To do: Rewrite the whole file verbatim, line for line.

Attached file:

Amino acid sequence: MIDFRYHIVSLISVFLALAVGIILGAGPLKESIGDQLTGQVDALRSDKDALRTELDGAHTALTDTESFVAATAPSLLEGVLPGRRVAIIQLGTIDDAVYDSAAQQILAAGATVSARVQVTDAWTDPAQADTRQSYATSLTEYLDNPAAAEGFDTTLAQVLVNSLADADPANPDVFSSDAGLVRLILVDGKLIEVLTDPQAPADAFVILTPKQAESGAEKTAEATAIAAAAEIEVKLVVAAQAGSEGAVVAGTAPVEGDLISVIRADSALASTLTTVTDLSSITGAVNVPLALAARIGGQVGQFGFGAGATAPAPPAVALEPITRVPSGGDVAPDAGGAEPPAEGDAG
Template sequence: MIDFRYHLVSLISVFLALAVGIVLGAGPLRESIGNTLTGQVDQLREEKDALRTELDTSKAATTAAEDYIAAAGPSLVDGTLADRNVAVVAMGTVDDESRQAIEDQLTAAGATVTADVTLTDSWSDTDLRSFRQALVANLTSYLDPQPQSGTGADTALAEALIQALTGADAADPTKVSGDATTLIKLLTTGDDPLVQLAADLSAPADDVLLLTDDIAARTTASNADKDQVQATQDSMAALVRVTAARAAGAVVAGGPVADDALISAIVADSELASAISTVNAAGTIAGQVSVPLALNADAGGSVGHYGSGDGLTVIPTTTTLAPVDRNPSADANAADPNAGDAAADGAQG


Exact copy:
Amino acid sequence: MIDFRYHIVSLISVFLALAVGIILGAGPLKESIGDQLTGQVDALRSDKDALRTELDGAHTALTDTESFVAATAPSLLEGVLPGRRVAIIQLGTIDDAVYDSAAQQILAAGATVSARVQVTDAWTDPAQADTRQSYATSLTEYLDNPAAAEGFDTTLAQVLVNSLADADPANPDVFSSDAGLVRLILVDGKLIEVLTDPQAPADAFVILTPKQAESGAEKTAEATAIAAAAEIEVKLVVAAQAGSEGAVVAGTAPVEGDLISVIRADSALASTLTTVTDLSSITGAVNVPLALAARIGGQVGQFGFGAGATAPAPPAVALEPITRVPSGGDVAPDAGGAEPPAEGDAG
Template sequence: MIDFRYHLVSLISVFLALAVGIVLGAGPLRESIGNTLTGQVDQLREEKDALRTELDTSKAATTAAEDYIAAAGPSLVDGTLADRNVAVVAMGTVDDESRQAIEDQLTAAGATVTADVTLTDSWSDTDLRSFRQALVANLTSYLDPQPQSGTGADTALAEALIQALTGADAADPTKVSGDATTLIKLLTTGDDPLVQLAADLSAPADDVLLLTDDIAARTTASNADKDQVQATQDSMAALVRVTAARAAGAVVAGGPVADDALISAIVADSELASAISTVNAAGTIAGQVSVPLALNADAGGSVGHYGSGDGLTVIPTTTTLAPVDRNPSADANAADPNAGDAAADGAQG